Figure 4: Ablation Study on the ICIS image database. The results of this study allow us to compare effect of different model variants. The ssDAAE yields the best specificity at high sensitivity levels.

4.1 Effect of different levels of corruption

We also explored the effects of using different levels of corruption during training of ssDAAE models. We compared models trained using noise levels, , the results are shown in Figure 5. Each model had the same architecture and was trained with the same hyper parameters 333learning rate, number of training epochs, amount of labelled and unlabelled data, loss function weightings, size of encoding to make the comparison as fair as possible. Our results suggest that the optimal corruption level is for most sensitivity values. We see that, for all sensitivity values, an ssDAAE trained with a noise level of outperformed an ssAAE (a model trained with a noise level of ). For ssDAAE models trained with noise levels greater than , inclusive, performance dropped significantly for all sensitivity values, suggesting that too much noise may have an adverse effect on training.

Figure 5: Effect of the level of corruption when training an ssDAAE. We compare models trained with corruption levels, . For lesion classification, moderate levels of noise yield the best results.

5 Related Work

Previous research has been conducted on the ISIC dataset [1], as part of a challenge hosted by ISBI [6], however there are two core differences between our work and the approaches currently taken for this and other medical image datasets.

Firstly, while our work focuses on a single end-to-end classification approach, previous work on skin lesion classification has tended to adopt a three-stage approach [5, 13, 17], splitting the task into, (1) a lesion segmentation to extract the relevant parts of the images [19, 7], followed by (2) a dermoscopic feature classification [11, 18] that helps to detect clinical patterns, and, finally, (3) a disease classification task aiming to identify “melanoma”, “seborrheic keratosis” and “benign nevi”. The initial preprocessing stages, (1) and (2) require extensive pixel-wise labelling of images – such as by image segmentation – to provide ground truth examples in order to learn to perform these tasks. On the contrary, our approach requires only a small amount of labelled data, where the label is simply “benign” or “malignant”, and makes use of unlabelled data, too.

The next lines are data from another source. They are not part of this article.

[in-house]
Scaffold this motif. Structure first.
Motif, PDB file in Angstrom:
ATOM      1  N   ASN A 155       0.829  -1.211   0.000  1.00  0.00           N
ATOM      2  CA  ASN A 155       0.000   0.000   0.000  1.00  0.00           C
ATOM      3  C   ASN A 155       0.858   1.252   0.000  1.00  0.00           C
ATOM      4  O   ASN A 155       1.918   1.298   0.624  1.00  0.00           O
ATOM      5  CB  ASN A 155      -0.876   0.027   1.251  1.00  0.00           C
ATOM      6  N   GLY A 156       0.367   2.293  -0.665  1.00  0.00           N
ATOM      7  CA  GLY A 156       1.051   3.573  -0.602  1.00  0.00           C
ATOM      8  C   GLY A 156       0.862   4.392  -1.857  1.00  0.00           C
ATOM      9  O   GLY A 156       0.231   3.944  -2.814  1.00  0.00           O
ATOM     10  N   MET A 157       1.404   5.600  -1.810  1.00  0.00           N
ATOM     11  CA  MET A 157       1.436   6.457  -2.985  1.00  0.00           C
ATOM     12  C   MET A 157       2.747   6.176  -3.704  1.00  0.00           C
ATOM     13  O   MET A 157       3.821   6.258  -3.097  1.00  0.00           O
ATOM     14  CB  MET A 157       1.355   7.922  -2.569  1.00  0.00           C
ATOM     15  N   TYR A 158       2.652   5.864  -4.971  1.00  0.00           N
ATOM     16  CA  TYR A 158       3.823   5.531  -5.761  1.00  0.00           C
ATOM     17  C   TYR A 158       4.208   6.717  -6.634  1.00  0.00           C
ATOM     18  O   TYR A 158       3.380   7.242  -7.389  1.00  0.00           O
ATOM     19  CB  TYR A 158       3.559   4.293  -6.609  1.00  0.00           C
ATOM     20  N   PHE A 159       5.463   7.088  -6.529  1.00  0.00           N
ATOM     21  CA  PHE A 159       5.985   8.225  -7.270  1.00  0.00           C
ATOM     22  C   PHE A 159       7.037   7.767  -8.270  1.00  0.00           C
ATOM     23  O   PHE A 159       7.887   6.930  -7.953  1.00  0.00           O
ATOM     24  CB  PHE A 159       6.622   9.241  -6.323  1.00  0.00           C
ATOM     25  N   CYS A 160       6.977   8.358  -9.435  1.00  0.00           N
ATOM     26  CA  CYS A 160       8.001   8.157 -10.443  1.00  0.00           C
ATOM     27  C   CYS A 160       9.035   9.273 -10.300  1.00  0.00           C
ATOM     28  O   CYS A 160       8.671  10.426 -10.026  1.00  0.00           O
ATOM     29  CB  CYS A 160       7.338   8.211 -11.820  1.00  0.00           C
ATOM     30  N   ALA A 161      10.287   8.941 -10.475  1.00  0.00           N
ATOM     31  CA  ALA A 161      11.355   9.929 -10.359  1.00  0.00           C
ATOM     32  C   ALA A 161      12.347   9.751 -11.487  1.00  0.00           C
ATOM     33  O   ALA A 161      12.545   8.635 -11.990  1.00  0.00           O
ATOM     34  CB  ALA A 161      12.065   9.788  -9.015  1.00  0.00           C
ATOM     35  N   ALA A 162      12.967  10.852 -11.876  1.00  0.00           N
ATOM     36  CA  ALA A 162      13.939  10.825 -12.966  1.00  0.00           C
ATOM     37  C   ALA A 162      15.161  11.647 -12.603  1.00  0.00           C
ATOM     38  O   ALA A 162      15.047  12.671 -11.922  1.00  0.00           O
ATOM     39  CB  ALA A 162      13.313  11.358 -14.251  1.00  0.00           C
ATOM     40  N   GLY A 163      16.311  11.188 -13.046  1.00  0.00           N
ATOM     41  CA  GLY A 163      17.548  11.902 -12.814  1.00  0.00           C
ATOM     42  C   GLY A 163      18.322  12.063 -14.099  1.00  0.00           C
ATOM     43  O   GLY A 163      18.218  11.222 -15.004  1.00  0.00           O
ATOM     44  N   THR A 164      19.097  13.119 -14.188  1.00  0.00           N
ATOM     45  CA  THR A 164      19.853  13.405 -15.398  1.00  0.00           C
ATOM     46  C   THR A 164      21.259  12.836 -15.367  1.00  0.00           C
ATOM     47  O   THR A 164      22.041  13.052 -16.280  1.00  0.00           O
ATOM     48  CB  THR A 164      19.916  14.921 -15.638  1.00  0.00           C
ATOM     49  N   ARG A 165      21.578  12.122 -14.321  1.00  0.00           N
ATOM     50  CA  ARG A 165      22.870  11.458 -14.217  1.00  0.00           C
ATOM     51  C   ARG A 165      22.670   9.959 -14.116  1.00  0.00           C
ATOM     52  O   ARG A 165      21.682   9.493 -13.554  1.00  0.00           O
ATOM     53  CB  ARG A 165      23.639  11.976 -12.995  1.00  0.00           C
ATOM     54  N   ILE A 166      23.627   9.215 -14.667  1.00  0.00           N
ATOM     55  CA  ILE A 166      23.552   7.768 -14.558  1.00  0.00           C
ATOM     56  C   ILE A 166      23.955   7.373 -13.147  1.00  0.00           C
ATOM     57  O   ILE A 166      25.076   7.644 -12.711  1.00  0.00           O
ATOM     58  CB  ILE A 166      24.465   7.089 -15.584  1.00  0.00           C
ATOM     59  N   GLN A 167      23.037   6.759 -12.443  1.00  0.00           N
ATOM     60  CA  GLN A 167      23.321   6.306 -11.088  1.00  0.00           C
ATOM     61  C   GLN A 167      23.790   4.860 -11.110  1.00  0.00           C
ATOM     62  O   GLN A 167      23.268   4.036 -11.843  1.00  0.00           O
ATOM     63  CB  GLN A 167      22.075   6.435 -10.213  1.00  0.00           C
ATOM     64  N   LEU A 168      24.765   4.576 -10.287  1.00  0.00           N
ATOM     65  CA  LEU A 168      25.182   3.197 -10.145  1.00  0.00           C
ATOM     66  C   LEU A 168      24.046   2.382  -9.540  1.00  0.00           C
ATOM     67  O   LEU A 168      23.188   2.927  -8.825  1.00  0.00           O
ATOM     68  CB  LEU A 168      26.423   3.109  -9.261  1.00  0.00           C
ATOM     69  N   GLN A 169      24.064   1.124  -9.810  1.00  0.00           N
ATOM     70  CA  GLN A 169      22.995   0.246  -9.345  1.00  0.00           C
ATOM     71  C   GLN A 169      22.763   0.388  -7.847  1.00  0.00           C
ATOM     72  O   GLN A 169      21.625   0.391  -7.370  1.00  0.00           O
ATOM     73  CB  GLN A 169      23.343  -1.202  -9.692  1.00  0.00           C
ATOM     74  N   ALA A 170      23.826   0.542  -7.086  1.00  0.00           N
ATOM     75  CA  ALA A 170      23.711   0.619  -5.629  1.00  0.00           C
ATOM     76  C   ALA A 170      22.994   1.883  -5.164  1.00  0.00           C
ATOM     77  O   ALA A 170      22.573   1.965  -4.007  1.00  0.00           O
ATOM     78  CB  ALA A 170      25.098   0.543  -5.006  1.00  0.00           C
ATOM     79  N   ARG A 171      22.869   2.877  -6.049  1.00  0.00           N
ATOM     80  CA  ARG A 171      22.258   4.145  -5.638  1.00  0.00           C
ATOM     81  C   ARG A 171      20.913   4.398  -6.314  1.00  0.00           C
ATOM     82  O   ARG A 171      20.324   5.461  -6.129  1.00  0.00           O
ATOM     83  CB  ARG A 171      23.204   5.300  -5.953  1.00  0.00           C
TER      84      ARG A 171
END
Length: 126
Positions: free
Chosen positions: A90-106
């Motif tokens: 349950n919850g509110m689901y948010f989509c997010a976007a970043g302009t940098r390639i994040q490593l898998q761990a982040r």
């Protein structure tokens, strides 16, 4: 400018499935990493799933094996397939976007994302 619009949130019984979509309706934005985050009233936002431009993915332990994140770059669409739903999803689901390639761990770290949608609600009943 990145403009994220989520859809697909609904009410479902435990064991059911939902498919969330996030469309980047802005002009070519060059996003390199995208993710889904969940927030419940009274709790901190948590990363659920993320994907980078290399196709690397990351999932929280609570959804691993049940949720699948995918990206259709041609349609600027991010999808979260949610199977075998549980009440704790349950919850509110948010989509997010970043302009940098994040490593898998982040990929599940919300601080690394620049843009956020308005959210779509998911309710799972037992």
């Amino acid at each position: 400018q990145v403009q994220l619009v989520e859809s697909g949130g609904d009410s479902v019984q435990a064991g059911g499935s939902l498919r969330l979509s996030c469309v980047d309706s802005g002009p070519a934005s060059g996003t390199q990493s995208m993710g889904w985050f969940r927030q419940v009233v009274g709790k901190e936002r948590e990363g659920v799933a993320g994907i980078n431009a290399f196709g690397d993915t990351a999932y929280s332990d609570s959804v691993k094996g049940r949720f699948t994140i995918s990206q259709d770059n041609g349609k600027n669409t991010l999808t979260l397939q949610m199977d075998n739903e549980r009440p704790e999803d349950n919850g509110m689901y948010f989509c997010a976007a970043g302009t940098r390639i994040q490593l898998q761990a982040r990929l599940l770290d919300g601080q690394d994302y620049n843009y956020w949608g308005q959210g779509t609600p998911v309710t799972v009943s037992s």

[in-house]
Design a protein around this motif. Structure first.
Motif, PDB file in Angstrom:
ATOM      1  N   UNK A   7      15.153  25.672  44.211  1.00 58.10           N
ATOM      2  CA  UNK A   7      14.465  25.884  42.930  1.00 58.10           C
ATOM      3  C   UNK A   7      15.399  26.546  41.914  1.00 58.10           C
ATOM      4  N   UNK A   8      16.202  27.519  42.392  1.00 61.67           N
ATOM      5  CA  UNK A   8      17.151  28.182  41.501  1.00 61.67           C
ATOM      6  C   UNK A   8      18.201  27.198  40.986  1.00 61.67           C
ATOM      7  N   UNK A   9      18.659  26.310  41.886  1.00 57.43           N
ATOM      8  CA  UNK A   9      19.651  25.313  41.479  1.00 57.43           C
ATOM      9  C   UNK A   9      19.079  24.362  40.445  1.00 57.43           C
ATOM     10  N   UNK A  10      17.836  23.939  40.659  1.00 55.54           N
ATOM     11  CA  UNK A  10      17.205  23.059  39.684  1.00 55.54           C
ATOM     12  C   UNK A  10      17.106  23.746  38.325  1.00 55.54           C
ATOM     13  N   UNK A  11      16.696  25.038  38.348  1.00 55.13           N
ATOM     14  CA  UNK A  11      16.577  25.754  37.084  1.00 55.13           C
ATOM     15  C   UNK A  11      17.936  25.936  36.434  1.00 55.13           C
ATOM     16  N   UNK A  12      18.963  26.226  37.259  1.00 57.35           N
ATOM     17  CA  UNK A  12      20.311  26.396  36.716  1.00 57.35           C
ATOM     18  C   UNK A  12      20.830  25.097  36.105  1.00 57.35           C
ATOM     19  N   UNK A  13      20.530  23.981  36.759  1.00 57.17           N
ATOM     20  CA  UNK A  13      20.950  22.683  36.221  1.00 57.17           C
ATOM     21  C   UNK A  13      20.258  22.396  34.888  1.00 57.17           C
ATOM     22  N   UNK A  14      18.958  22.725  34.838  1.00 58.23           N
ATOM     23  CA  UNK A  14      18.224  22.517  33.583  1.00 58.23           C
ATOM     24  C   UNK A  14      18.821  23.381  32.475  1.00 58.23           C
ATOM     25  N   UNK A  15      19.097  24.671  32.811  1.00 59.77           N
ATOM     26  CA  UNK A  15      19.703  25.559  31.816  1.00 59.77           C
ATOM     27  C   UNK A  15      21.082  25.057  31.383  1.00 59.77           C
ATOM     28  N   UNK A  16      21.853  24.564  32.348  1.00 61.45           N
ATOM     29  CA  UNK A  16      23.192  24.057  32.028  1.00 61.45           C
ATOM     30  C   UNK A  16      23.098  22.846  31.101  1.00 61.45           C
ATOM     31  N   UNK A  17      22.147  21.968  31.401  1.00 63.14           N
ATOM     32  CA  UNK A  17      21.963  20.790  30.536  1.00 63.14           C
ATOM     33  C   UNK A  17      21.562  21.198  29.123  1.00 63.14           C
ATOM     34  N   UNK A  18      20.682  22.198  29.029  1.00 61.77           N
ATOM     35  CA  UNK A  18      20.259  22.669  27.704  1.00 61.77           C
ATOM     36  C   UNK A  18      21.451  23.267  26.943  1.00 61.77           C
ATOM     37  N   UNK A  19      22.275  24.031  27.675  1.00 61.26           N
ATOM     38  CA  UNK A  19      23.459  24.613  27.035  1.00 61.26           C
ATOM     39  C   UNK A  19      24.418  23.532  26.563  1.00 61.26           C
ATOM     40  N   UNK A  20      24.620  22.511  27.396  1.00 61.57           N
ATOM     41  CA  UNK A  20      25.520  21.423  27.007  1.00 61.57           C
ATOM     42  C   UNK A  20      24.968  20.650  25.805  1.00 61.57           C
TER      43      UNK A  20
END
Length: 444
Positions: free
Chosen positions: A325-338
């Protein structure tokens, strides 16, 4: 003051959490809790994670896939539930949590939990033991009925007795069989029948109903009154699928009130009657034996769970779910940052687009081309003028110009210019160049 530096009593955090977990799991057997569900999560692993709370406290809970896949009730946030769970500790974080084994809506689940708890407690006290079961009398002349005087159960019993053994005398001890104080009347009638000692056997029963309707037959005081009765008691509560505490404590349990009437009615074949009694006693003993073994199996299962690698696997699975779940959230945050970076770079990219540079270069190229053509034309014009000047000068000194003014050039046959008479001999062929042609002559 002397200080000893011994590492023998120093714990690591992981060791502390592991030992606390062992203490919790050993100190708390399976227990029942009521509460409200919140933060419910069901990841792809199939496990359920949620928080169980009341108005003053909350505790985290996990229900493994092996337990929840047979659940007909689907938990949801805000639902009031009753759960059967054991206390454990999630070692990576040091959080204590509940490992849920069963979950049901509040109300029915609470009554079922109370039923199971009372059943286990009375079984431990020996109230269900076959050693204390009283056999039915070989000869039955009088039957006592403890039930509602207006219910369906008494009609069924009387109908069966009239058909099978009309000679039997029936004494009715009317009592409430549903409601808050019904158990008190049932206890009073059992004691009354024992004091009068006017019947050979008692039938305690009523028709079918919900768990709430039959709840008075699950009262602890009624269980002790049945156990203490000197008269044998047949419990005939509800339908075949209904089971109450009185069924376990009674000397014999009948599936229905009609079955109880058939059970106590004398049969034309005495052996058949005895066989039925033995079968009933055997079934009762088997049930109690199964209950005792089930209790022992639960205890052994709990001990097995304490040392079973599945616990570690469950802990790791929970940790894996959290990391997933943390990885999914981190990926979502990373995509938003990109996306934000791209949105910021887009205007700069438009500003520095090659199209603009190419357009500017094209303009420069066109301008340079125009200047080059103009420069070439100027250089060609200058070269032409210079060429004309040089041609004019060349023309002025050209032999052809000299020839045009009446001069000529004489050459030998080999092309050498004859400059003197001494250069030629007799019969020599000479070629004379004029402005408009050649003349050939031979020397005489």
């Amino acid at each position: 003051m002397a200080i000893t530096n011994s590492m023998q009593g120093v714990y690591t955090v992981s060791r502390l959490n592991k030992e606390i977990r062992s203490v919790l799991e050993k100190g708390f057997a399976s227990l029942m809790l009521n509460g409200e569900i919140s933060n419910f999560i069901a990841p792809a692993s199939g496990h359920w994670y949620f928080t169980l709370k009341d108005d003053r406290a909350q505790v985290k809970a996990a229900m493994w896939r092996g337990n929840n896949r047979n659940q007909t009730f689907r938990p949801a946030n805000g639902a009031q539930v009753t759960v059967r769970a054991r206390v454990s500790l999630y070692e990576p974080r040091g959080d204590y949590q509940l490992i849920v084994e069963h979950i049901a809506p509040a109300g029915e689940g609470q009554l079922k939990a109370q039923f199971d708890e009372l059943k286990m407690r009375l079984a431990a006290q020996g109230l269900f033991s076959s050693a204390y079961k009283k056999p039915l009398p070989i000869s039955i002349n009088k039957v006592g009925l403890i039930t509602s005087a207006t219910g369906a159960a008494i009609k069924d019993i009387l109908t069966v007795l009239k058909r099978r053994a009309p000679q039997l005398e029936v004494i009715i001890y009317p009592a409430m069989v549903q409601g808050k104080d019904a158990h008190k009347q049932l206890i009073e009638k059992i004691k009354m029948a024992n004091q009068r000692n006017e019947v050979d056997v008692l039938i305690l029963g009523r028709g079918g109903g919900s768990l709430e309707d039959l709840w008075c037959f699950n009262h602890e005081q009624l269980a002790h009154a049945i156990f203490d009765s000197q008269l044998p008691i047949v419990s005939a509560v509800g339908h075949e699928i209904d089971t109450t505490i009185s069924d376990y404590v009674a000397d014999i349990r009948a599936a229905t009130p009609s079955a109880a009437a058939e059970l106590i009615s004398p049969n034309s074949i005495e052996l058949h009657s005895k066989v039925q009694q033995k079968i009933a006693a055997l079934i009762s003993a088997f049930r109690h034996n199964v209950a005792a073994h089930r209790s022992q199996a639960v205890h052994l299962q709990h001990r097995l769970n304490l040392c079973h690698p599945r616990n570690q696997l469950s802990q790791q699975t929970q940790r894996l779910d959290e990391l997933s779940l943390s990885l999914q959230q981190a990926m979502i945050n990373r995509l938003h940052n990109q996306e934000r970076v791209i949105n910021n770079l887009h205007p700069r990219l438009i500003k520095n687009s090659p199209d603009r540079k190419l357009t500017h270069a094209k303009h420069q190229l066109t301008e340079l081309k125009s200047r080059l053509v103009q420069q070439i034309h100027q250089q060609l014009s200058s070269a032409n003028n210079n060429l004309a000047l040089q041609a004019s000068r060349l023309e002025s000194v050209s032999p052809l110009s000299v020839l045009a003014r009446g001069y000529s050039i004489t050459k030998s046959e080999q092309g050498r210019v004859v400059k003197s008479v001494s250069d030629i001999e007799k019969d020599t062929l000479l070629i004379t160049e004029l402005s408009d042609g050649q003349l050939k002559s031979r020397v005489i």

The best performances recorded during this challenge have been obtained using fully-supervised deep learning architectures (AlexNet [3]

), and transfer learning (VGG-16 nets

[15], ResNet [4]

) with networks previously trained on ImageNet. While the success of approaches introduced by Menegola et al.

[15] and Lei et al. [4] highlight the benefits of using additional data to improve performance, the additional data they use is different to the skin lesion data. This because these approaches, [15], [4] are fully supervised and therefore can only make use of labelled data, the authors were therefore limited to use datasets for which labelled data was available.

One of our main contributions is in proposing a specific architecture and approach to skin lesion classification which can make use of both labelled and unlabelled medical image data. This method allows classification models to make use of unlabelled data, when the amount of labelled data is in limited supply. This allows us to use additional data that is more similar to the skin lesion data when training our models, unlike Menegola et al. [15] and Lei et al. [4].

6 Conclusion

Despite the clear success of deep learning techniques in specific image datasets, wide adoption of the many available approaches to training deep networks techniques is highly dependent on the availability of sufficient quantities of pairs.